Comment & Opinion

Why are mobile games invisible to the media?

Tribeflame's Torulf Jernström offers his reasons

Why are mobile games invisible to the media?

Torulf Jernström is CEO of Finnish developer Tribeflame.

His blog is Pocket Philosopher.

You can read all his columns here.

The largest market for games, as measured by both player numbers and revenue, is being completely ignored by the games media. Why?

Newzoo claims the mobile games market is worth $36.9 billion, while Superdata claims it’s $40.6 billion and App Annie says it’s $50.4 billion (as Jon Jordan commented this week).

One possibility for the difference in revenues is that Newzoo and Superdata are missing the ad-driven part of the market.

It’s a lot harder to estimate the ad revenues as they are are split up among a large number of ad networks that are often private companies that do not report numbers as transparently as Google and Apple do.

App Annie’s Monetisation report from 2016 claimed that in 2015 games made $24.8 billion from IAPs, and $21.1 billion from ads, for a total of $45.9 billion. Ad revenue is therefore a very significant part (46%) of mobile games revenues that might be missing from the other reports.

Regardless of what the exact numbers are, it is clear that mobile games are the largest part of the overall games business.

Newzoo claims that the whole market is worth $91 billion, while Superdata says it is $99.6 billion. They differ mostly in their estimates for the size of the console market, possibly by Superdata including hardware sales, while Newzoo only counts games.

That puts mobile games’ market share anywhere between 37% and 45%.

In terms of players, mobile games are even more dominant. The Superdata report estimates a total Monthly Active User (MAU) number of 2.6 billion players on mobile, with 755 million on PC free-to-play, 154 million on PC premium and 196 million on consoles.

Mobile, therefore, has way over twice the player numbers of all others combined.

Given this position at the top of the market for both revenue and players, it is striking how little mobile F2P games are talked about in the media.

Googling for the “Best games of 2016”, and going by the top hits I get, here’s GamesRadar (25 games), The Telegraph (35 games), The Guardian (10 games), and The Verge (11 games).

Their lists include 81 mentions of games, and contain a grand total of two mobile games: Pokemon GO (F2P) and Reigns (premium). It is slightly more common to find mention of premium mobile games. The Verge mentions two on their 10 game list for 2017.

Sadly, the premium mobile games market share fell to irrelevance back in 2012 and 2013. Currently you have to scroll down to position 232 on the US App Store Top Grossing charts to find the first game that does not use IAPs (it’s currently GTA: San Andreas).

And that's before taking into account the ad revenue that F2P games have access to and premium titles do not. Premium on mobile has for years been below 1% of the revenue generated.

The question is: why? With mobile F2P having both the players and the money, why are they ignored? Allow me to speculate a bit.

First off, premium console and PC games are very clearly skewed towards Western markets. Compare the shares of Asia versus the West for console and mobile games in SuperData’s report.

Also, I think it’s because the games journalists are not the players, and certainly not the payers, of mobile games. To simplify, the revenue generating players fall into three categories:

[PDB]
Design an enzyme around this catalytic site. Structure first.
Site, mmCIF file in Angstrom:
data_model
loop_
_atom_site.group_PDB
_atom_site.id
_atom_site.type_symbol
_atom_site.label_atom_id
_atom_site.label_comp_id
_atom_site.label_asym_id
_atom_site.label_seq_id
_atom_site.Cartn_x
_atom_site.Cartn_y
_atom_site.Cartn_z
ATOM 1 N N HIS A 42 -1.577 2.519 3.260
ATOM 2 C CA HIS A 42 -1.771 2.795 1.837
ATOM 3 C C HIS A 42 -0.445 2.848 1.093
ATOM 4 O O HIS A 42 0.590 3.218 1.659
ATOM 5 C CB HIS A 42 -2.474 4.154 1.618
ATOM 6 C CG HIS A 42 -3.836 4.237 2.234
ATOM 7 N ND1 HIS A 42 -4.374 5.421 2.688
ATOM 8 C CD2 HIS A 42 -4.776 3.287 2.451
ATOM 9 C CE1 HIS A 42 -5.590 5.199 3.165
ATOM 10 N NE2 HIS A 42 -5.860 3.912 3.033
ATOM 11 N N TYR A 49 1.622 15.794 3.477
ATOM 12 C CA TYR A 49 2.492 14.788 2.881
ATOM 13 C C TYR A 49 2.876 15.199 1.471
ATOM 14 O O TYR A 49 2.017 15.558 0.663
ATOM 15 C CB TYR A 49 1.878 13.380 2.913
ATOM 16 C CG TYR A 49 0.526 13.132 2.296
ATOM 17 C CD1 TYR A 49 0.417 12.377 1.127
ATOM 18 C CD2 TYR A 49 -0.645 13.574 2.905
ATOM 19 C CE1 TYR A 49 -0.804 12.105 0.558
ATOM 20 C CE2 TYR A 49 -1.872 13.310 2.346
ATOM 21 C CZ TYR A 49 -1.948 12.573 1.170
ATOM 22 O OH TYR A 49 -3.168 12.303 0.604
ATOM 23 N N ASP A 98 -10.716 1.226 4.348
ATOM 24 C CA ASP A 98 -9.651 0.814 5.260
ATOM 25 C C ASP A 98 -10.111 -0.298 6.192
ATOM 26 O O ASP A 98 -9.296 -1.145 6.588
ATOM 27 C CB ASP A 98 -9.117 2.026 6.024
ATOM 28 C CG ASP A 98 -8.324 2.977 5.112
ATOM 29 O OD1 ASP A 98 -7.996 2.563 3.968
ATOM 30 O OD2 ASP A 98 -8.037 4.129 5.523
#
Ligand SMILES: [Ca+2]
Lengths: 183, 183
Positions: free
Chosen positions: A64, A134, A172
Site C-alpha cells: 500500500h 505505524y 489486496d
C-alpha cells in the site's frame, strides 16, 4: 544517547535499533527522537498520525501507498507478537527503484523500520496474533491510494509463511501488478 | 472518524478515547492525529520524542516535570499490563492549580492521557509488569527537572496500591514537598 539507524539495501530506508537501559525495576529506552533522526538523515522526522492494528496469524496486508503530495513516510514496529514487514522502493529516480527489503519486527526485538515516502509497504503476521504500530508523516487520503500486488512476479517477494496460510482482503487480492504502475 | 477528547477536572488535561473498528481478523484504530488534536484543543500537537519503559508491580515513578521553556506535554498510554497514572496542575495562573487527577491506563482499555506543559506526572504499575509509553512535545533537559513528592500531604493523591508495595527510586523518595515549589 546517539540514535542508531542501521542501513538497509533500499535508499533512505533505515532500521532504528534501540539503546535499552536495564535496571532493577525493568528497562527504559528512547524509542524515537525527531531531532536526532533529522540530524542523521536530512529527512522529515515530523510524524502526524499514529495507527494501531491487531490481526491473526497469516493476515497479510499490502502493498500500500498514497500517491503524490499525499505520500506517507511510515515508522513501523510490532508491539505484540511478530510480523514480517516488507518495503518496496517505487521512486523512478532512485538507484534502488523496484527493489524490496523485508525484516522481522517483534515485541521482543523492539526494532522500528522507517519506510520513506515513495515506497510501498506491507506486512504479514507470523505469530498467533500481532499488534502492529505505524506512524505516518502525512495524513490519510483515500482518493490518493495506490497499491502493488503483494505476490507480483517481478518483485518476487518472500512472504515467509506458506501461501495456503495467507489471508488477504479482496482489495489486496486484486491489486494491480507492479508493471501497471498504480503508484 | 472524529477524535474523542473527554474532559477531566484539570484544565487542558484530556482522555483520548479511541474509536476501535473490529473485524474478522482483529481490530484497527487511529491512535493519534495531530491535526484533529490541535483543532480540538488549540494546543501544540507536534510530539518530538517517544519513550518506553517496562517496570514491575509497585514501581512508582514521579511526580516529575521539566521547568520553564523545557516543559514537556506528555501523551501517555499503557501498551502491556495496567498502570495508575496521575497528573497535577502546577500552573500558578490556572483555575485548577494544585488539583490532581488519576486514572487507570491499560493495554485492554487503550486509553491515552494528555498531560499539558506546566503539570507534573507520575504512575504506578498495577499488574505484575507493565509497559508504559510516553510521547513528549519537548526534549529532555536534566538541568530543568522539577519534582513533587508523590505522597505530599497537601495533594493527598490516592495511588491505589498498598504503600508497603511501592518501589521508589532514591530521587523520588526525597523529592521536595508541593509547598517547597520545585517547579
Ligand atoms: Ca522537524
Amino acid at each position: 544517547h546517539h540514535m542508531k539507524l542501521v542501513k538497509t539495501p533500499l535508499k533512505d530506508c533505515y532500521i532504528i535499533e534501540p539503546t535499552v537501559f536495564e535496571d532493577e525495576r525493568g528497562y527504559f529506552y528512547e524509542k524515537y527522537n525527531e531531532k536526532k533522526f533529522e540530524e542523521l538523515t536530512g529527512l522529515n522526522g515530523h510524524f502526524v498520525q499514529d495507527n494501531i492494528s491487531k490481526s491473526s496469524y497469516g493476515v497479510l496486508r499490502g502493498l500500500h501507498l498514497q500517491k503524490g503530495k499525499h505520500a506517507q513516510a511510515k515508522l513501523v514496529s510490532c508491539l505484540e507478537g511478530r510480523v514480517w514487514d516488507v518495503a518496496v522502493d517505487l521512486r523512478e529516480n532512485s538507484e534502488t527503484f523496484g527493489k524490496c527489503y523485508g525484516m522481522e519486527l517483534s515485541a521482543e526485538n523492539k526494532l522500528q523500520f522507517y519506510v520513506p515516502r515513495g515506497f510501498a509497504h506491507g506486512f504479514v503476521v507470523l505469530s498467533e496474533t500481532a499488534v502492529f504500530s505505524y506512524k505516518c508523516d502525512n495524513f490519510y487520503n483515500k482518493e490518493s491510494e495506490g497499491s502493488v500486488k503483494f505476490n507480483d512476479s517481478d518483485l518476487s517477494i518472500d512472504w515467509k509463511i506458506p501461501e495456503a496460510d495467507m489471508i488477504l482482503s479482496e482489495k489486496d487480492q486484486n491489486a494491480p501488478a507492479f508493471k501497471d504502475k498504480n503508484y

• The ad watchers - Heavy players of the Top Downloaded games. Skews younger.
  • The casuals - Typically older female audience playing match-3 games, casino, etc. Loyal players giving out a steady revenue stream.
  • The killers. Rich, competitive men with limited time and a lot of money, beating each other with heavy spending on competitive strategy games.

My guess is that the journalists writing about games do not identify with these groups of people. Game journalists are seldom middle-aged women, and obviously they are also not high paid lawyers or investment bankers.

The simple time killers that are generating a lot of the ad revenue are usually (quite rightly) dismissed as lacking in depth.

Thus, we end up with the situation we have: the largest segment of the huge games business is almost completely invisible in games news. regularly posts content from a variety of guest writers across the games industry. These encompass a wide range of topics and people from different backgrounds and diversities, sharing their opinion on the hottest trending topics, undiscovered gems and what the future of the business holds.


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Crystal Colwell
I can say that for some sites it depends on their readers. For instance the website I co-own and write for Operation Rainfall ( caters to the niche/indie crowd. Personally I do play mobile games but I don't write about them on my site because most of my readers don't care. They don't fit into that demographic of mobile player.

Most people who play mobile games (as your description above says - which is spot on!) don't spend a lot of time reading up on gaming news. They either play what they find on their own and like, or they don't have time for all of that.

We have been trying to dig into some mobile titles and find the things that our audience would be interested in and have found it to be quite difficult. With so many titles out there no one has time to go through them all and pick out the great ones. Esp. with a site like ours where we play more RPG type games.

I see that someone already brought up other points that I would have gotten into, so I won't reiterate those too much. Things like copycats of the same game always popping up and etc.